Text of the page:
But collecting student data has always been a fraught issue that can lead to privacy concerns and sometimes even lingering inequities. Attempts to introduce some data analytics programs — like one earlier this year at George Washington University, a private research university in Washington, DC —run the risk of provoking controversy.
But Tambellini says students are struggling right now, in part because they don’t have enough support.
“Students need better systems and more support than they can get in real time, especially after the pandemic. Not everyone is available in a way that makes it easy for students to get what they need from administrators and professors,” says Tambellini, “and so modernization has become critically important.
If you ask the sellers, they’re not sure if the level of investment has really taken off yet.
“I don’t know if I necessarily see many, many real investments coming through,” says Nicole Engelbert, vice president of higher education development at Oracle, one of the world’s largest software companies.
Tambellini’s study tracked the resurgence of student system purchases, says Engelbert, but it’s not the explosive growth that economists are calling “hockey stick growthyet, partly because “changing the student system is like [a] major body replacement for an institution.
And there is also the question of size and complexity. Much of the explosive growth has occurred at relatively small, private, nonprofit colleges where existing solutions are ready to deploy, Tambellini reports. For large institutions with many study programs and even multiple schools, the challenge is different than for smaller or mid-level institutions. Basically, the technology solutions just aren’t there yet.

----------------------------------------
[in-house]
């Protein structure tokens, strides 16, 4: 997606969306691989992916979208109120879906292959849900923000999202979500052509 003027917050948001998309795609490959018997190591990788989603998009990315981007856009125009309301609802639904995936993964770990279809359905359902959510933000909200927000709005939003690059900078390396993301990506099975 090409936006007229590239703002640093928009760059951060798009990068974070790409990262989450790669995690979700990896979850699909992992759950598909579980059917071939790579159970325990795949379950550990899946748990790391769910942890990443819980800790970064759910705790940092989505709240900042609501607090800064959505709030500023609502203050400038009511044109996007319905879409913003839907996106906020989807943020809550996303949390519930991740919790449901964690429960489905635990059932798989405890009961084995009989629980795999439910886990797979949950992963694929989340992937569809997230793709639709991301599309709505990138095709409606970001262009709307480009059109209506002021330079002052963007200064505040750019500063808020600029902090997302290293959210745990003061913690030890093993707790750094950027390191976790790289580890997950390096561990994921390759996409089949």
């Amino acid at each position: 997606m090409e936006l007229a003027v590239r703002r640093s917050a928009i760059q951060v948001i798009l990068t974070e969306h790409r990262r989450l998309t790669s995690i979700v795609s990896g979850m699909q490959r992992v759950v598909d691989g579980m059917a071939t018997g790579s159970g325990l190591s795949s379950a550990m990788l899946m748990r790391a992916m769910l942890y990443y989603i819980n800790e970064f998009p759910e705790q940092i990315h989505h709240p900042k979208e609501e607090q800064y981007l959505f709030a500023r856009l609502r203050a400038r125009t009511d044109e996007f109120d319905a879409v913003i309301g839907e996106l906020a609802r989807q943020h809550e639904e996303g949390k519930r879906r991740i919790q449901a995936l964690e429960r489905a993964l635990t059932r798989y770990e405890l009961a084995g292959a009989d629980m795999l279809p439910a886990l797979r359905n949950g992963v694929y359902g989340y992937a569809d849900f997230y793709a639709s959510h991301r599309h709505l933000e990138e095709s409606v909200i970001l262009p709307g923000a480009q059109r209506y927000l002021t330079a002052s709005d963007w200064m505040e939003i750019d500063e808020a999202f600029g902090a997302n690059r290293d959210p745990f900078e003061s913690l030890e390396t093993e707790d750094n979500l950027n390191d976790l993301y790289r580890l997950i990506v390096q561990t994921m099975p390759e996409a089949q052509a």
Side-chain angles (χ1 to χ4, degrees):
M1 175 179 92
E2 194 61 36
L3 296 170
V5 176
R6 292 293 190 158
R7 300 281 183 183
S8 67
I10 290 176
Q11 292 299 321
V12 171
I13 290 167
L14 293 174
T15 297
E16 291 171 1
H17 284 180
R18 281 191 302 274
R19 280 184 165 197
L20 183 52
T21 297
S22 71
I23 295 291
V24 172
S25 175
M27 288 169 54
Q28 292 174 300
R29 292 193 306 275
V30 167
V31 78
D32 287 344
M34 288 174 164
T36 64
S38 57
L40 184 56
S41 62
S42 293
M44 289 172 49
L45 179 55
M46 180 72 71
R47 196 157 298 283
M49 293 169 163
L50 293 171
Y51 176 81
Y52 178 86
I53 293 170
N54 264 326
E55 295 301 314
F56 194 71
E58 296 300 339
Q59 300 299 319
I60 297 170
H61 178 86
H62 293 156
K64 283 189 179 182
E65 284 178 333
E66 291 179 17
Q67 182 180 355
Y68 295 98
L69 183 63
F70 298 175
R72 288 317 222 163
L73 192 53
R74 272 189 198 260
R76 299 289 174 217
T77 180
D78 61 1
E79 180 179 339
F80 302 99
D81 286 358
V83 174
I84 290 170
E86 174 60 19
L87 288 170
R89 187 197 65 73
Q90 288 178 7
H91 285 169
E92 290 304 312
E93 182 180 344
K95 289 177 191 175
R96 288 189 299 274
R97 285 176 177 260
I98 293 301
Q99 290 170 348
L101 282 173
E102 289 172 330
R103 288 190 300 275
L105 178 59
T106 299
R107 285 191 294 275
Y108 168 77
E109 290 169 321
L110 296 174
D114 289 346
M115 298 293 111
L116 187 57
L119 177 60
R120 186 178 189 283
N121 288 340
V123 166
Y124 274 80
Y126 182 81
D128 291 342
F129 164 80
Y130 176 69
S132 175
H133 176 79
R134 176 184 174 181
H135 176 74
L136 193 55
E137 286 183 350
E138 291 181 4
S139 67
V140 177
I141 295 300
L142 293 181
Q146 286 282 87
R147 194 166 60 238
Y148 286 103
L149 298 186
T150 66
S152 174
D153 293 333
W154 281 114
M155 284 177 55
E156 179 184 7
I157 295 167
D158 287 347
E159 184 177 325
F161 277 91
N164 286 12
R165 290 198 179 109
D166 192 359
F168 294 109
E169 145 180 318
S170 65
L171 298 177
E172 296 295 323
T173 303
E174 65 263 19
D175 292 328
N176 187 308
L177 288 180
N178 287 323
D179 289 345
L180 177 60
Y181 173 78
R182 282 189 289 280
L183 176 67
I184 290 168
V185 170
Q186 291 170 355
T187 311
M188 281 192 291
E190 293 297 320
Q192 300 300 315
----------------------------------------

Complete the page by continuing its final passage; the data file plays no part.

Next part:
“Boston University suffered from [the lack of scalable solutions like student information systems] in that we had needed a new student information system for many years but couldn’t quite identify a next-gen cloud-based system that we could move to that was ready for an institution of our scale and complexity,” Tracy Schroeder, Boston University’s vice president of information services and chief data officer, said. “And unfortunately for us, it still is.”
Tambellini predicts that solutions for large institutions will be mostly ready by 2026.
Universities cannot attribute all of their student success challenges to limited technology.
These institutions should spend less time on “shiny tech toys” and devote more resources to shaping the bold vision and revamping the business processes that will truly transform higher education, says Oracle’s Engelbert.
Migration of institutions using what Engelbert sees as massively outdated technology will happen, she says, but whether it brings “a new golden age in higher education or seals the fate of certain market sectors, largely not based on technology, but on the business process reengineering that precedes it.
The goal of higher education should be to move beyond vague talk of “digital transformation” and figure out how to actually measure student success and improve the student experience, argues Engelbert. Otherwise, she adds, colleges just let companies like Salesforce, Workday or Oracle define that for them.